Setting Up A Weight Driven Vienna Regulator

Written by Christopher Jenkins MBHI

The clock should be hung on a strong screw fitted to the wall with a wall plug. The pendulum and pulleys may have been taped to the rear or sides of the case and should be released. Look through the glass sides to make sure both lines are still on their drums. The pendulum will act like a plumb line and the case can be moved until the bottom of the pendulum lines up with the centre of the scale attached to the rear of the case. If the clock has stabilisers attached to the bottom of the case they may be screwed in or out until the clock cannot wobble. Do not screw in any more than is necessary or the pendulum may rub on the rear of the case - even just brushing it may cause the clock to stop.

The weights can now be attached and the pendulum set in motion. Listen to the tick; if it is even all is well; if not, move the case, from the bottom, a little to the left or right until tick is even. To set to the right time turn the minute hand (the long one) clockwise, stopping at each hour and half hour, until striking has finished. Do not wind the clock until the weights have almost reached the bottom of the case as they may be criss-crossed on the drums – this will ensure that the lines have unwound from the winding drums and that, therefore, they will now be wind on neatly. The weights should be wound up until the top of the pulleys is just below the bottom of the dial. The clock should be wound each week and preferably not allowed to stop. When going away from home for holiday’s etc. it is a good idea to stop the clock before you go.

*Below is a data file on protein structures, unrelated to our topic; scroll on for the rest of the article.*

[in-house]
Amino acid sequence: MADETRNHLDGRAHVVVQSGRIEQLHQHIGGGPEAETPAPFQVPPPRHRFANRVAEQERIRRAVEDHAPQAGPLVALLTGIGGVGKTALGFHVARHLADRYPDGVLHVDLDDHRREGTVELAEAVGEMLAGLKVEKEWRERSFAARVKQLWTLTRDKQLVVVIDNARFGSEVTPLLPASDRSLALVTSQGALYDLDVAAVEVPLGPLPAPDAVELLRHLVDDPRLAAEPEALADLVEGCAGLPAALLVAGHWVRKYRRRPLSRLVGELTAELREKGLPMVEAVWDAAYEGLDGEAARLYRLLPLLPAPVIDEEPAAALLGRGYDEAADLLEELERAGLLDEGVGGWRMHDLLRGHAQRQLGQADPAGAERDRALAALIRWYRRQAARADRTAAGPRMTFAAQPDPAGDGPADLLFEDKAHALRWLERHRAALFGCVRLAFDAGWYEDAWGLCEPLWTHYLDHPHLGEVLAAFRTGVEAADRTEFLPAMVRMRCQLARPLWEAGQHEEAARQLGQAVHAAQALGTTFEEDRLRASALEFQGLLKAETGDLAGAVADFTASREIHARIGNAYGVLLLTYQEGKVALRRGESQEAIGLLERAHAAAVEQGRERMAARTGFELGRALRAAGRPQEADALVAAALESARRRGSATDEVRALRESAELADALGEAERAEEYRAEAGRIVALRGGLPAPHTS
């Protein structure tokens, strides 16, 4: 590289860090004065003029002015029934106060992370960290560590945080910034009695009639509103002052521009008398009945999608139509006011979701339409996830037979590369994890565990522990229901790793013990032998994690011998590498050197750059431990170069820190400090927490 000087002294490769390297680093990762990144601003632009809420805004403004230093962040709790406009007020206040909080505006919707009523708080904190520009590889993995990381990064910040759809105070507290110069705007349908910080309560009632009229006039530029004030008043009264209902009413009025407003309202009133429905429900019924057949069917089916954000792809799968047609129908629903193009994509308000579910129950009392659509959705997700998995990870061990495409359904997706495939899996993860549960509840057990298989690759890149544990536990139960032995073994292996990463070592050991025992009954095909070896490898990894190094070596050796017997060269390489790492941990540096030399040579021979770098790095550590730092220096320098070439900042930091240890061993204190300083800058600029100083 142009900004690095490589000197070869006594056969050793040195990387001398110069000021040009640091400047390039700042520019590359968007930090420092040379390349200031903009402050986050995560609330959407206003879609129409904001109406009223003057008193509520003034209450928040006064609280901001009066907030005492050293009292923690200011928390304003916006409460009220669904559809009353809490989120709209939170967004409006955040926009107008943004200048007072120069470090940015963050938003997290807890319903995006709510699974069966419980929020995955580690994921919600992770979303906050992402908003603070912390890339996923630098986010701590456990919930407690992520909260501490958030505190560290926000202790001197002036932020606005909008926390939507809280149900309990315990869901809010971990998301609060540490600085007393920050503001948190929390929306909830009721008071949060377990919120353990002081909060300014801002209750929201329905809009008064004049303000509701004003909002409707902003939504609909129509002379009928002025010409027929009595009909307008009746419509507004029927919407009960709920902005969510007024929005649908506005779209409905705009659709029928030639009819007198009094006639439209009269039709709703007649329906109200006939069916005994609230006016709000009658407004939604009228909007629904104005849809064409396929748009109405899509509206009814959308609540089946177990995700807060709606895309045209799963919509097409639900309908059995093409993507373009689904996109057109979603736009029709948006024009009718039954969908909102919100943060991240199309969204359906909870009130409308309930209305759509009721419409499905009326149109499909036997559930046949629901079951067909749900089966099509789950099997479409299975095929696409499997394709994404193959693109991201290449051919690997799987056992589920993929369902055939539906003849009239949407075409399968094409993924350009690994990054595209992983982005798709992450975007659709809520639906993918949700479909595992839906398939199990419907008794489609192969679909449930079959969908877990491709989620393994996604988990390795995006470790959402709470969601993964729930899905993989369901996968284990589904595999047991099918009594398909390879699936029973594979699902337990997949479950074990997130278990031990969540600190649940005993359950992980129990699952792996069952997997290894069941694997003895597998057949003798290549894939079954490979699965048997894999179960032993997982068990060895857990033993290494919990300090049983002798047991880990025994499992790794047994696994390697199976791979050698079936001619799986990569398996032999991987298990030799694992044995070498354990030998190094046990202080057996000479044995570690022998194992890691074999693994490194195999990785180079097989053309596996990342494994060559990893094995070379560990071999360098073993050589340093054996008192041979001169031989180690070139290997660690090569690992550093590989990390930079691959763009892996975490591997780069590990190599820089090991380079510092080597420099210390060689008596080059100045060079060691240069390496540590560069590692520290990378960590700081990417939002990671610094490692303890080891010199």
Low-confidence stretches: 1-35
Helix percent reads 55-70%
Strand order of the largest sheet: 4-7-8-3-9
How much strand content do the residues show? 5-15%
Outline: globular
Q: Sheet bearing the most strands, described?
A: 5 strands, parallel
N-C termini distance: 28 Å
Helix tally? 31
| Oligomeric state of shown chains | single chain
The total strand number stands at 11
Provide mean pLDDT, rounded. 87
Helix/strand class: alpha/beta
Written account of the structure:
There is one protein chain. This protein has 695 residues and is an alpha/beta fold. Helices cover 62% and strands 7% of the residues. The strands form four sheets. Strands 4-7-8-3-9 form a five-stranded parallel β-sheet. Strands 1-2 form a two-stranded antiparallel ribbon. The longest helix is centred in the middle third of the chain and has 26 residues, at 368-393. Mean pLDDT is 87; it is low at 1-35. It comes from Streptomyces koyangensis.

NB. Most of these clocks have what appears to be a seconds hand & dial; but the hand will, in fact, make a revolution in 45 secs! This is normal and seems to be poetic license on the part of the manufacturers.

If the clock gains time (i.e. goes fast) turn the nut at the bottom of the pendulum so that the bob is lowered and if the clock loses time turn the nut to raise the bob. Getting the clock to time is a case of trial and error and it is usually better to let the clock run for a full week after each adjustment to see the effect. Make a note of any error so that the improvement is readily noticeable. It is usually possible to get an accuracy of approx. 2 minutes Per week.

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